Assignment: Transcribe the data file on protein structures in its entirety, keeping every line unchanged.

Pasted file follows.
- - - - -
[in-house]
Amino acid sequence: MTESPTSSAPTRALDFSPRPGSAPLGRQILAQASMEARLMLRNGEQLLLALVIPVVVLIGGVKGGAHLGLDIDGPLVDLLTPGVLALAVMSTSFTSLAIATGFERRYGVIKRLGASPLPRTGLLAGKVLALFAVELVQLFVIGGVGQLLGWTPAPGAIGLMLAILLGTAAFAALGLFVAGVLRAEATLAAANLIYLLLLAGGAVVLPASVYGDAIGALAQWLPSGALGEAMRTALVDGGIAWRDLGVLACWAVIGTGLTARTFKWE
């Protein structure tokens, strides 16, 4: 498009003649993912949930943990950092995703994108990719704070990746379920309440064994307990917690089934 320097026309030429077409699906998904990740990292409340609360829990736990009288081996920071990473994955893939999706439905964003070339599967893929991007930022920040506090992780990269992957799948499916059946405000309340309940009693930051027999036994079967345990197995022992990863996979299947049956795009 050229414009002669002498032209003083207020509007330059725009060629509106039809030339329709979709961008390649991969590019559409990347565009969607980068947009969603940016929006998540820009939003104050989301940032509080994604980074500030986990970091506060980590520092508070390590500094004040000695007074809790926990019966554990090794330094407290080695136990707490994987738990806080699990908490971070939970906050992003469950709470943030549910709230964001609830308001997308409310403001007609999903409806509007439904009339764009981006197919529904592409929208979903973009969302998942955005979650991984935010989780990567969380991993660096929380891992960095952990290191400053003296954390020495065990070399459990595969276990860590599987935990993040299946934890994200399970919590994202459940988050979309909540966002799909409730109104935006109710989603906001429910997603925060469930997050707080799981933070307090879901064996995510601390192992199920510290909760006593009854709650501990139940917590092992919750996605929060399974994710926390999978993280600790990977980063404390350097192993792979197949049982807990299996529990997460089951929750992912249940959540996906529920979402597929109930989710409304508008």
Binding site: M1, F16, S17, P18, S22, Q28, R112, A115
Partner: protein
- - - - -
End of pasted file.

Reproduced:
[in-house]
Amino acid sequence: MTESPTSSAPTRALDFSPRPGSAPLGRQILAQASMEARLMLRNGEQLLLALVIPVVVLIGGVKGGAHLGLDIDGPLVDLLTPGVLALAVMSTSFTSLAIATGFERRYGVIKRLGASPLPRTGLLAGKVLALFAVELVQLFVIGGVGQLLGWTPAPGAIGLMLAILLGTAAFAALGLFVAGVLRAEATLAAANLIYLLLLAGGAVVLPASVYGDAIGALAQWLPSGALGEAMRTALVDGGIAWRDLGVLACWAVIGTGLTARTFKWE
């Protein structure tokens, strides 16, 4: 498009003649993912949930943990950092995703994108990719704070990746379920309440064994307990917690089934 320097026309030429077409699906998904990740990292409340609360829990736990009288081996920071990473994955893939999706439905964003070339599967893929991007930022920040506090992780990269992957799948499916059946405000309340309940009693930051027999036994079967345990197995022992990863996979299947049956795009 050229414009002669002498032209003083207020509007330059725009060629509106039809030339329709979709961008390649991969590019559409990347565009969607980068947009969603940016929006998540820009939003104050989301940032509080994604980074500030986990970091506060980590520092508070390590500094004040000695007074809790926990019966554990090794330094407290080695136990707490994987738990806080699990908490971070939970906050992003469950709470943030549910709230964001609830308001997308409310403001007609999903409806509007439904009339764009981006197919529904592409929208979903973009969302998942955005979650991984935010989780990567969380991993660096929380891992960095952990290191400053003296954390020495065990070399459990595969276990860590599987935990993040299946934890994200399970919590994202459940988050979309909540966002799909409730109104935006109710989603906001429910997603925060469930997050707080799981933070307090879901064996995510601390192992199920510290909760006593009854709650501990139940917590092992919750996605929060399974994710926390999978993280600790990977980063404390350097192993792979197949049982807990299996529990997460089951929750992912249940959540996906529920979402597929109930989710409304508008």
Binding site: M1, F16, S17, P18, S22, Q28, R112, A115
Partner: protein